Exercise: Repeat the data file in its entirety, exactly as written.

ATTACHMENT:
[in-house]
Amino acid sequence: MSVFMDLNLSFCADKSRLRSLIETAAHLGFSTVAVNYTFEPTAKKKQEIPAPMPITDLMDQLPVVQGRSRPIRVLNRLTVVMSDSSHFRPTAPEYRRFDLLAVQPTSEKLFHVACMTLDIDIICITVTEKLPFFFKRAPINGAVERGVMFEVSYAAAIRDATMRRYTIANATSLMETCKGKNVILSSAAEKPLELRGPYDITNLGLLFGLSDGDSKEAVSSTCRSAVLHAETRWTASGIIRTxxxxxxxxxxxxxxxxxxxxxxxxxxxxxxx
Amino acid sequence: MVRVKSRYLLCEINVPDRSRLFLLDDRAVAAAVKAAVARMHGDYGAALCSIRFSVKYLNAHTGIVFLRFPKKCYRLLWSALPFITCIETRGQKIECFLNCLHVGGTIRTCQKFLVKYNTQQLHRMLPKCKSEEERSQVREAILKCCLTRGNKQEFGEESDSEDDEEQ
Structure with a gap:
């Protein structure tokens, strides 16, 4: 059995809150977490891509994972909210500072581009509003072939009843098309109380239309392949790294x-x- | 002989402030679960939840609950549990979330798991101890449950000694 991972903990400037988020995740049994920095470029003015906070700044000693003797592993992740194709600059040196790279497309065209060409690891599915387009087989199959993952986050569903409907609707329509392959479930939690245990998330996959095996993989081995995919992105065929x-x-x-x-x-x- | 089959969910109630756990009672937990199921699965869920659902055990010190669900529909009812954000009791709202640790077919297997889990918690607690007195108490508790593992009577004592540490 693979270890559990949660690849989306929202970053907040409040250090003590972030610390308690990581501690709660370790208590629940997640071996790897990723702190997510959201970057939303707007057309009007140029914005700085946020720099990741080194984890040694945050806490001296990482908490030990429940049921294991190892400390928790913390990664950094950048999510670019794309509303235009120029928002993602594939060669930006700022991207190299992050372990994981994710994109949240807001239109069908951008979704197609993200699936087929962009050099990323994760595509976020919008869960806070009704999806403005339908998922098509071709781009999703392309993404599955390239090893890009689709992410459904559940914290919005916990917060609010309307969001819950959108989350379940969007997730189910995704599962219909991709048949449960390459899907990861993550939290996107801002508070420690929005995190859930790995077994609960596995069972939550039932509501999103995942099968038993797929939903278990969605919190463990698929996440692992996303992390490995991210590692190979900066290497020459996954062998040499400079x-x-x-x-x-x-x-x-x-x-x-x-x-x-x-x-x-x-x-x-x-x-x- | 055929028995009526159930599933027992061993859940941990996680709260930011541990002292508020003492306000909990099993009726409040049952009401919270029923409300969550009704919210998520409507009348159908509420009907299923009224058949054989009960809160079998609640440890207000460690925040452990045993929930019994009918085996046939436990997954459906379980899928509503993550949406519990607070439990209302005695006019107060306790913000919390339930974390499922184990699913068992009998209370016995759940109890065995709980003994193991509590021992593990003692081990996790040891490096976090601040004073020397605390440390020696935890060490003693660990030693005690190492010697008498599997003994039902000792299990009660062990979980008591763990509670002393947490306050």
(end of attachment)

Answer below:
[in-house]
Amino acid sequence: MSVFMDLNLSFCADKSRLRSLIETAAHLGFSTVAVNYTFEPTAKKKQEIPAPMPITDLMDQLPVVQGRSRPIRVLNRLTVVMSDSSHFRPTAPEYRRFDLLAVQPTSEKLFHVACMTLDIDIICITVTEKLPFFFKRAPINGAVERGVMFEVSYAAAIRDATMRRYTIANATSLMETCKGKNVILSSAAEKPLELRGPYDITNLGLLFGLSDGDSKEAVSSTCRSAVLHAETRWTASGIIRTxxxxxxxxxxxxxxxxxxxxxxxxxxxxxxx
Amino acid sequence: MVRVKSRYLLCEINVPDRSRLFLLDDRAVAAAVKAAVARMHGDYGAALCSIRFSVKYLNAHTGIVFLRFPKKCYRLLWSALPFITCIETRGQKIECFLNCLHVGGTIRTCQKFLVKYNTQQLHRMLPKCKSEEERSQVREAILKCCLTRGNKQEFGEESDSEDDEEQ
Structure with a gap:
């Protein structure tokens, strides 16, 4: 059995809150977490891509994972909210500072581009509003072939009843098309109380239309392949790294x-x- | 002989402030679960939840609950549990979330798991101890449950000694 991972903990400037988020995740049994920095470029003015906070700044000693003797592993992740194709600059040196790279497309065209060409690891599915387009087989199959993952986050569903409907609707329509392959479930939690245990998330996959095996993989081995995919992105065929x-x-x-x-x-x- | 089959969910109630756990009672937990199921699965869920659902055990010190669900529909009812954000009791709202640790077919297997889990918690607690007195108490508790593992009577004592540490 693979270890559990949660690849989306929202970053907040409040250090003590972030610390308690990581501690709660370790208590629940997640071996790897990723702190997510959201970057939303707007057309009007140029914005700085946020720099990741080194984890040694945050806490001296990482908490030990429940049921294991190892400390928790913390990664950094950048999510670019794309509303235009120029928002993602594939060669930006700022991207190299992050372990994981994710994109949240807001239109069908951008979704197609993200699936087929962009050099990323994760595509976020919008869960806070009704999806403005339908998922098509071709781009999703392309993404599955390239090893890009689709992410459904559940914290919005916990917060609010309307969001819950959108989350379940969007997730189910995704599962219909991709048949449960390459899907990861993550939290996107801002508070420690929005995190859930790995077994609960596995069972939550039932509501999103995942099968038993797929939903278990969605919190463990698929996440692992996303992390490995991210590692190979900066290497020459996954062998040499400079x-x-x-x-x-x-x-x-x-x-x-x-x-x-x-x-x-x-x-x-x-x-x- | 055929028995009526159930599933027992061993859940941990996680709260930011541990002292508020003492306000909990099993009726409040049952009401919270029923409300969550009704919210998520409507009348159908509420009907299923009224058949054989009960809160079998609640440890207000460690925040452990045993929930019994009918085996046939436990997954459906379980899928509503993550949406519990607070439990209302005695006019107060306790913000919390339930974390499922184990699913068992009998209370016995759940109890065995709980003994193991509590021992593990003692081990996790040891490096976090601040004073020397605390440390020696935890060490003693660990030693005690190492010697008498599997003994039902000792299990009660062990979980008591763990509670002393947490306050």